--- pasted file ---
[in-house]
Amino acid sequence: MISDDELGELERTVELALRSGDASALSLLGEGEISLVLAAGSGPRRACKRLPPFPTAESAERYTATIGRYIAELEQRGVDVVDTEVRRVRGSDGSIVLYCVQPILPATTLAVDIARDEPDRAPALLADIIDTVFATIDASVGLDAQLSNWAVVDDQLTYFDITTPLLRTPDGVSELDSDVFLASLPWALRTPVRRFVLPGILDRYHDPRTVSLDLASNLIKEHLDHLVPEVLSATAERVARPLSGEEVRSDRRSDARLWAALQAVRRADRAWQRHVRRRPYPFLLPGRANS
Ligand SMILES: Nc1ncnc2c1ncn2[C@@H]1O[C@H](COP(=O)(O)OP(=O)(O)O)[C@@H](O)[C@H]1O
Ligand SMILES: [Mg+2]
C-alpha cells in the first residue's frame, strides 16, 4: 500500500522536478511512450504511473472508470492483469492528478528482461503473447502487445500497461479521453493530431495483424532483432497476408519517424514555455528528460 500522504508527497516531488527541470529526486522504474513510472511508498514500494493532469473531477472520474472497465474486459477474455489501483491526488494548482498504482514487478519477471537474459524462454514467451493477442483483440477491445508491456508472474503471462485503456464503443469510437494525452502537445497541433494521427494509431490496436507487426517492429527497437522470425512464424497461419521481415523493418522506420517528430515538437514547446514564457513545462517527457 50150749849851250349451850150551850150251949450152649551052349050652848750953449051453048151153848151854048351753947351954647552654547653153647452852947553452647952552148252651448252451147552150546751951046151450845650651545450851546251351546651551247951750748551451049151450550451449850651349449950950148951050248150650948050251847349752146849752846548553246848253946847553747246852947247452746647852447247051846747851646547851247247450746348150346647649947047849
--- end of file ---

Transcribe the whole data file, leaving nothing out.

[in-house]
Amino acid sequence: MISDDELGELERTVELALRSGDASALSLLGEGEISLVLAAGSGPRRACKRLPPFPTAESAERYTATIGRYIAELEQRGVDVVDTEVRRVRGSDGSIVLYCVQPILPATTLAVDIARDEPDRAPALLADIIDTVFATIDASVGLDAQLSNWAVVDDQLTYFDITTPLLRTPDGVSELDSDVFLASLPWALRTPVRRFVLPGILDRYHDPRTVSLDLASNLIKEHLDHLVPEVLSATAERVARPLSGEEVRSDRRSDARLWAALQAVRRADRAWQRHVRRRPYPFLLPGRANS
Ligand SMILES: Nc1ncnc2c1ncn2[C@@H]1O[C@H](COP(=O)(O)OP(=O)(O)O)[C@@H](O)[C@H]1O
Ligand SMILES: [Mg+2]
C-alpha cells in the first residue's frame, strides 16, 4: 500500500522536478511512450504511473472508470492483469492528478528482461503473447502487445500497461479521453493530431495483424532483432497476408519517424514555455528528460 500522504508527497516531488527541470529526486522504474513510472511508498514500494493532469473531477472520474472497465474486459477474455489501483491526488494548482498504482514487478519477471537474459524462454514467451493477442483483440477491445508491456508472474503471462485503456464503443469510437494525452502537445497541433494521427494509431490496436507487426517492429527497437522470425512464424497461419521481415523493418522506420517528430515538437514547446514564457513545462517527457 50150749849851250349451850150551850150251949450152649551052349050652848750953449051453048151153848151854048351753947351954647552654547653153647452852947553452647952552148252651448252451147552150546751951046151450845650651545450851546251351546651551247951750748551451049151450550451449850651349449950950148951050248150650948050251847349752146849752846548553246848253946847553747246852947247452746647852447247051846747851646547851247247450746348150346647649947047849